She also was not afraid to let things go if it became evident that the timing or energy was not quite right.
Margaret prided herself in being practical. Although very intelligent and a former teacher with an M.A, she didn't want to be involved in too much theory – that was for others. She held the centre, managed the vision and didn't want to be bothered with details or academic distractions. But give her a concept with a possibility for community action and she was all in: let's go for it!
She had the good judgement to know who to trust that their recommendations would work. But she never dodged an opportunity to speak frankly when it could be uncomfortable. She could not just nudge you but give you a sharp jab in the ribs. When she told you off there was no doubt in your mind at all. And it worked.
Through her many achievements and impressive list of celebrity connections, she came across as unassuming and never talked about her own accomplishments. She always gave the credit to others even though she clearly acted as the catalyst. She was totally at home with herself and profoundly human.
Many of her biggest ideas came from international connections. For those who knew her and her interest in Spirit at Work she had a thirst for sparking ideas for ground-breaking activities. When she found out about a Science and Spirituality workshop in Vancouver Island in 2018 or a Time Banking event at Bard College in New York in 2004, she raised heaven and earth to get there and she went. Inevitably she made contacts with global leaders and came home with ideas for action, most recently starting a Power of Eight Intention group.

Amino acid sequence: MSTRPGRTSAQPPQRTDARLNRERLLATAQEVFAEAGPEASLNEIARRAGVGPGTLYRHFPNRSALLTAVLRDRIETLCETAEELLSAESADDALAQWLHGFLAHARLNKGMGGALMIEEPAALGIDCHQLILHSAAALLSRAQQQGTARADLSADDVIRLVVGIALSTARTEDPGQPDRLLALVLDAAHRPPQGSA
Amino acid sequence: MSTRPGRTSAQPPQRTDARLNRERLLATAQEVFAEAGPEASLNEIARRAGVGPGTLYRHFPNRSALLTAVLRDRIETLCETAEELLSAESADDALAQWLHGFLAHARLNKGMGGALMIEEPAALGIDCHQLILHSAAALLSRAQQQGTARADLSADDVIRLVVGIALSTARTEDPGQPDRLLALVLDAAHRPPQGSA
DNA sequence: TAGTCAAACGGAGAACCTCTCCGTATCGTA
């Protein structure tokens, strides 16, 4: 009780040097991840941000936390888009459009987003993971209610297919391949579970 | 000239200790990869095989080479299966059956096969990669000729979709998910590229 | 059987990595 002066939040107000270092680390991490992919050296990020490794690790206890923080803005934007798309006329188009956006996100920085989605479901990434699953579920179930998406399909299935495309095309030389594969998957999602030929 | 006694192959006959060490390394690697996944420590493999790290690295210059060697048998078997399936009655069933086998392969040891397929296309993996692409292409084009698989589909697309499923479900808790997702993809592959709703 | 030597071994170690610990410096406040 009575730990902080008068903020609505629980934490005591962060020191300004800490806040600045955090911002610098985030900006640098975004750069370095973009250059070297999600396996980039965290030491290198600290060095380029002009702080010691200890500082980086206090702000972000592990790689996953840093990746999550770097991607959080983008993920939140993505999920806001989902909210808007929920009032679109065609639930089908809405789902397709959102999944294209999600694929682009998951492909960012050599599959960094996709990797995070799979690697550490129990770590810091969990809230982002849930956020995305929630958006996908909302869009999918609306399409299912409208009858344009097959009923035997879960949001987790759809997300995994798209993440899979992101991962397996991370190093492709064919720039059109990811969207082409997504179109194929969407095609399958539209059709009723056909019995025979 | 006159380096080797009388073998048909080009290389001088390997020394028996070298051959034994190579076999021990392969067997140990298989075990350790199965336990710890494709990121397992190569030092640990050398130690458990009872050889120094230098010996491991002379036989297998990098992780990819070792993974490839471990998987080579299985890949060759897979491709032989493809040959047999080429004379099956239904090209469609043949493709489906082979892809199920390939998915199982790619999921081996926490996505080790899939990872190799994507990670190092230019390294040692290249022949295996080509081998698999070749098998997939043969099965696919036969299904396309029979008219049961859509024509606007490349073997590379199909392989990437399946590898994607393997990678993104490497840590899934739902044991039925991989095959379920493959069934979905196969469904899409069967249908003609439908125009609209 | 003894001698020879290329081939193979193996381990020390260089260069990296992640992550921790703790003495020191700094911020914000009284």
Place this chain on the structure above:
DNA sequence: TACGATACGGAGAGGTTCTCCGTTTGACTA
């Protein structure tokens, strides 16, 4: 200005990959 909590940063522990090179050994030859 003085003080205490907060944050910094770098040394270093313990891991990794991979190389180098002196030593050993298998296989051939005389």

While Margaret has now left us the ripples from her work and the people she has connected will long continue.
Margaret’s significant contribution to our communities was recognised in the 2018 Honours List where she was awarded the MNZM.
A celebration of Margaret’s life was held with family friends and community in Lyttelton on Saturday January 18, 2020.
From the people of Project Lyttelton: In honour of Margaret’s memory, we invite people to do a small act with great love, for others or for our Earth.
Margaret’s family invite people to share with them memories or stories about her. Please send these to email@example.com
In our global financial system, "normal" money (such as New Zealand Dollars) is created as interest-bearing debt. This exacerbates inequality, weakens community ties, and destroys the planet.
TimeBank members earn hours of credits by providing services and spend credits by receiving help from others.
Local Exchange Trading Systems are membership-based mutual credit system, where trades are made using points rather than money.
Local money--also known as local currency or complementary currency--is a way to promote local trade through a non-dollar alternative.
Also known as the genuine wealth system, savings pools are informal private groups where members support each other through interest-free savings and loans.
Co-operatives are businesses that are owned and run by and for members, using democratic processes to give all members a say.
Social enterprises use a commercial model for the primary purpose of having a positive social and/or environmental impact.
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Living Economies three-day Expo has been a great success.